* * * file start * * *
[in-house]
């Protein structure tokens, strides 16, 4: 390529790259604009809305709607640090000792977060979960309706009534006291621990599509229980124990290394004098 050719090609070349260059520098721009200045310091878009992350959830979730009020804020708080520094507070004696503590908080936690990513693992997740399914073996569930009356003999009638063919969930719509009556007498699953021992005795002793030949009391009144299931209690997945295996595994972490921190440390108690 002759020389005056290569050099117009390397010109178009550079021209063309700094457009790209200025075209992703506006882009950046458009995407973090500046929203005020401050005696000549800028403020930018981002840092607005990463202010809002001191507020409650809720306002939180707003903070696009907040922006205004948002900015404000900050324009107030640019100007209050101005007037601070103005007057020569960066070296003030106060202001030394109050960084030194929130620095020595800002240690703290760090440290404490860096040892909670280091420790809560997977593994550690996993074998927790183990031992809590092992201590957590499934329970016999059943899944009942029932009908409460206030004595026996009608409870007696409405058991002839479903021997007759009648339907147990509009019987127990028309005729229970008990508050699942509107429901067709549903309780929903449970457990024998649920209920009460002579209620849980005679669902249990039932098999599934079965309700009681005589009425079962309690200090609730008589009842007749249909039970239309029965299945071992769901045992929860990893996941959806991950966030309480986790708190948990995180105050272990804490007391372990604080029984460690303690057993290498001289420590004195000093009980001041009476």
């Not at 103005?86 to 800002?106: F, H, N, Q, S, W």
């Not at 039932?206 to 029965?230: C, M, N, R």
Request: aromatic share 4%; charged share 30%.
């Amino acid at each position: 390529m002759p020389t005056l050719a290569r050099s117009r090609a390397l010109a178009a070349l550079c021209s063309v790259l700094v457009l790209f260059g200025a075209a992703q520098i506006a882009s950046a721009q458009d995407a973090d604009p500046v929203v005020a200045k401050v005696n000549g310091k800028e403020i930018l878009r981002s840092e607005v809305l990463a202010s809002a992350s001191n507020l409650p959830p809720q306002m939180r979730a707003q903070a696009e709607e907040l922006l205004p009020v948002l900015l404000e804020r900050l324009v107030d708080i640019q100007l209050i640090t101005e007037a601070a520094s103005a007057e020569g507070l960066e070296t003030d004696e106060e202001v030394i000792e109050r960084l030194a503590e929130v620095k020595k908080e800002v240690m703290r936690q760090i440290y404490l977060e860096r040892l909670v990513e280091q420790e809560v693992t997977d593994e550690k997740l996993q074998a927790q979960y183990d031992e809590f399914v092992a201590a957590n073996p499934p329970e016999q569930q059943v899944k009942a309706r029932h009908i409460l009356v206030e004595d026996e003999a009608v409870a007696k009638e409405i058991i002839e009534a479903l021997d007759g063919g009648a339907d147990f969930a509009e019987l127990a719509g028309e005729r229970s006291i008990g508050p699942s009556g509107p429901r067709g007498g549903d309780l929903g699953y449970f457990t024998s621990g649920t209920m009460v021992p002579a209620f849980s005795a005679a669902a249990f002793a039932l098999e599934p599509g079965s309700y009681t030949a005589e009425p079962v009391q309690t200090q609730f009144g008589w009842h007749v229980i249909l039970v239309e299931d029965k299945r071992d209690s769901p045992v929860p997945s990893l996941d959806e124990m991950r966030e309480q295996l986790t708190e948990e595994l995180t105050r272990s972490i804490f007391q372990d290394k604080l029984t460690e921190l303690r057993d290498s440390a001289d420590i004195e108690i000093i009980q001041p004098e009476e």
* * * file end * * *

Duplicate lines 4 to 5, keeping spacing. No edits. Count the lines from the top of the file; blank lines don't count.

């Not at 039932?206 to 029965?230: C, M, N, R």
Request: aromatic share 4%; charged share 30%.